Vintage style art print of Galway Hooker sailing boats by The Long Walk in The Claddagh district of Galway city.
Claddagh is an area close to the centre of Galway city, where the River Corrib meets Galway Bay. It was formerly a fishing village, just outside the old city walls.
Galway is a city in the West of Ireland, in the province of Connacht. Galway lies on the River Corrib between Lough Corrib and Galway Bay.
Dún Gaillimhe (“Fort at the Mouth (bottom) of the Gaillimh”) was constructed in 1124, by the King of Connacht, Tairrdelbach Ua Conchobair (1088–1156). A settlement grew around it. During the Norman invasion of Connacht in the 1230s, Dún Gaillimhe was captured by Richard Mor de Burgh, who had led the invasion. As the de Burghs eventually became Gaelicised, the merchants of the town, the Tribes of Galway, pushed for greater control over the walled city.
This led to their gaining complete control over the city and to the granting of mayoral status by the English crown in December 1484. Galway endured difficult relations with its Irish neighbours. A notice over the west gate of the city, completed in 1562 by Mayor Thomas Óge Martyn, stated “From the Ferocious O’Flahertys may God protect us”. A by-law forbade the native Irish (as opposed to Galway’s Hiberno-Norman citizens) unrestricted access into Galway, saying “neither O’ nor Mac shall strutte nor swagger through the streets of Galway” without permission.
The Galway hooker (Irish: húicéir) is a traditional fishing boat used in Galway Bay off the west coast of Ireland. The hooker was developed for the strong seas there. It is identified by its sharp, clean entry, bluff bow, marked tumblehome and raked transom. Its sail plan consists of a single mast with a main sail and two foresails. Traditionally, the boat is black (being coated in pitch) and the sails are a dark red-brown.
All prints produced with the highest quality long-life archive inks on 250g heavyweight paper and are supplied rolled in strong 7.5cm (3″) diameter postal tubes for reduced curl and safe transport. The pictures supplied suit standard frame sizes that are available in many furnishing and hardware stores such as Ikea.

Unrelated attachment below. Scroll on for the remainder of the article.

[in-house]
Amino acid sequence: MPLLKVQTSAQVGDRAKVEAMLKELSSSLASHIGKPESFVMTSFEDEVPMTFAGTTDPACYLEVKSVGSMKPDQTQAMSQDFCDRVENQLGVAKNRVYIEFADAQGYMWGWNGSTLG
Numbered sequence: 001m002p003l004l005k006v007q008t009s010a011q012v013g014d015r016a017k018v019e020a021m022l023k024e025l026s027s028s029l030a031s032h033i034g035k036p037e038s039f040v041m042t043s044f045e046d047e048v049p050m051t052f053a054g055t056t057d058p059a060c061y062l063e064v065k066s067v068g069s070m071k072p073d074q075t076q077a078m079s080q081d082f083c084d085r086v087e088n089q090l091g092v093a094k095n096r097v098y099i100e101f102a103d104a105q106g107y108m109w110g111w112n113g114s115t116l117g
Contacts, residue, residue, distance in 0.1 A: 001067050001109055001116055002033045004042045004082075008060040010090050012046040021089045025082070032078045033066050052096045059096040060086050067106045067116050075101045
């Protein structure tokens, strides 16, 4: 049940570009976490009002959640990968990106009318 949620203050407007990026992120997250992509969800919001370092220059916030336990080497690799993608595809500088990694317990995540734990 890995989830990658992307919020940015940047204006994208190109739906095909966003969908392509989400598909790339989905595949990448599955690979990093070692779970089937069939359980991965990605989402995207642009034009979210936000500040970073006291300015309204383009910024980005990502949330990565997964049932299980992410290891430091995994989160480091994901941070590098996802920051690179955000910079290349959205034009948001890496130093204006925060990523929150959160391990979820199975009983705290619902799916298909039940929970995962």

The black outline is to show the edges of the print and to demonstrate what the print would look like in a frame. The finished prints do NOT have the jskelly.co.uk watermarks shown in the previews on screen.
I post pictures all over the world. So, if you have a loved one in far off places, enter their delivery address at checkout and I’ll happily ship to them directly.
Prints are shipped rolled-up in strong, wide postal tubes, ready for framing.
I can only ship framed prints to the UK and Ireland.
For safety reasons, framed prints are shipped with plastic instead of glass.
UK – Standard UK shipping usually takes around 1 – 3 days. International – Standard (from approximately $10) or Tracked and Signed (from approximately $15) typically takes 7 to 10 days to the USA.
Standard 50x40cm pictures are kept in stock and usually dispatched within 24 hours (excluding weekends) – all other sizes are printed to order and usually take an extra 24 hours to dispatch.
*** As I live out in the country, last postal and courier collection times are quite early, therefore orders placed after 10am will likely not be shipped until the following working day.
I always do my best to ensure that orders are shipped within 1 or 2 working days.
Framed prints are supplied in black frames without a surrounding mount. Frames might vary depending what is available at the time, but I will do my best to ensure that frames in the same order will match. However, due to supply, frame styles for different sizes may vary.
For safety reasons, framed pictures will be shipped with a clear plastic face.
All my prints are in sizes to suit off-the-shelf frames as available from furnishing and hardware stores such as Ikea, B&Q, etc.